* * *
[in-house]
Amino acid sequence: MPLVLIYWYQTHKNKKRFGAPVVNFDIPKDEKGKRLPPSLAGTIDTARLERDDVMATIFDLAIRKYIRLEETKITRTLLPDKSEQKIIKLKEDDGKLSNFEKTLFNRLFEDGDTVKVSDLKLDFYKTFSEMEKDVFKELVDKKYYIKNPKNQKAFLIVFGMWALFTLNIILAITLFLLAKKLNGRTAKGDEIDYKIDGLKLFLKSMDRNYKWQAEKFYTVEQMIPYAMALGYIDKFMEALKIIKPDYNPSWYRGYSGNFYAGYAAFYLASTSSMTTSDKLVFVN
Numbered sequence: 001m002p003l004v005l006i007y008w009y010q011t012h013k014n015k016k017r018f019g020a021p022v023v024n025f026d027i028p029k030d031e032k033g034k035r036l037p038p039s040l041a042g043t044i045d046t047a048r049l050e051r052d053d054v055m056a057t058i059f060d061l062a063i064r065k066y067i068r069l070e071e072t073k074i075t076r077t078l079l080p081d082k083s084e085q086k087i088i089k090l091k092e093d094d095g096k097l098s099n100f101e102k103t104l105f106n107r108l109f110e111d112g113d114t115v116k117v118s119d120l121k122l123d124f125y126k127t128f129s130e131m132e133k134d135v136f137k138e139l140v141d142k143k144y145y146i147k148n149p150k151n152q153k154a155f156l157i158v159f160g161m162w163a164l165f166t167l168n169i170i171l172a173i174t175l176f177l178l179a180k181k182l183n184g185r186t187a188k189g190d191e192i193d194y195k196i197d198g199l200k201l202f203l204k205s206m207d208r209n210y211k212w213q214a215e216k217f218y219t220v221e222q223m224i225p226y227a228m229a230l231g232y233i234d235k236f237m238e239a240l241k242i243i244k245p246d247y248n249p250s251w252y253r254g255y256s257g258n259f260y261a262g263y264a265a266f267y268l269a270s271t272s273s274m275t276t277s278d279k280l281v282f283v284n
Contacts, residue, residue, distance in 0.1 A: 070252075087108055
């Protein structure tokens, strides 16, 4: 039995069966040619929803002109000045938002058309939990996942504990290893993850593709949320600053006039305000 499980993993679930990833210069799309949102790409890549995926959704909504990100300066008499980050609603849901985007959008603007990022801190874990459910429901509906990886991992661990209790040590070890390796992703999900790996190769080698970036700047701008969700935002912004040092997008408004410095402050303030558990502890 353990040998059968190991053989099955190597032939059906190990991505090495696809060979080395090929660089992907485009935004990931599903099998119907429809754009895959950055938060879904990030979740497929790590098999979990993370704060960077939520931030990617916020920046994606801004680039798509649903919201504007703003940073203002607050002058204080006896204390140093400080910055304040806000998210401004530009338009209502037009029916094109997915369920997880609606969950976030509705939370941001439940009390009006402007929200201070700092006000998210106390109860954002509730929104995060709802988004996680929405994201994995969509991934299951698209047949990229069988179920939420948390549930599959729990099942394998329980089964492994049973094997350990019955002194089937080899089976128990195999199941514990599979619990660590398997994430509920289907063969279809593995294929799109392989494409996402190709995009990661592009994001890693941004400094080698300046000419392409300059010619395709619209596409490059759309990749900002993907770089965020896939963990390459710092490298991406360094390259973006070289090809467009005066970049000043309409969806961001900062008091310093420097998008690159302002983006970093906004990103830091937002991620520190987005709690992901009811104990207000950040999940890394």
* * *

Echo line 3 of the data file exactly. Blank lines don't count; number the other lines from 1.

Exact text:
Numbered sequence: 001m002p003l004v005l006i007y008w009y010q011t012h013k014n015k016k017r018f019g020a021p022v023v024n025f026d027i028p029k030d031e032k033g034k035r036l037p038p039s040l041a042g043t044i045d046t047a048r049l050e051r052d053d054v055m056a057t058i059f060d061l062a063i064r065k066y067i068r069l070e071e072t073k074i075t076r077t078l079l080p081d082k083s084e085q086k087i088i089k090l091k092e093d094d095g096k097l098s099n100f101e102k103t104l105f106n107r108l109f110e111d112g113d114t115v116k117v118s119d120l121k122l123d124f125y126k127t128f129s130e131m132e133k134d135v136f137k138e139l140v141d142k143k144y145y146i147k148n149p150k151n152q153k154a155f156l157i158v159f160g161m162w163a164l165f166t167l168n169i170i171l172a173i174t175l176f177l178l179a180k181k182l183n184g185r186t187a188k189g190d191e192i193d194y195k196i197d198g199l200k201l202f203l204k205s206m207d208r209n210y211k212w213q214a215e216k217f218y219t220v221e222q223m224i225p226y227a228m229a230l231g232y233i234d235k236f237m238e239a240l241k242i243i244k245p246d247y248n249p250s251w252y253r254g255y256s257g258n259f260y261a262g263y264a265a266f267y268l269a270s271t272s273s274m275t276t277s278d279k280l281v282f283v284n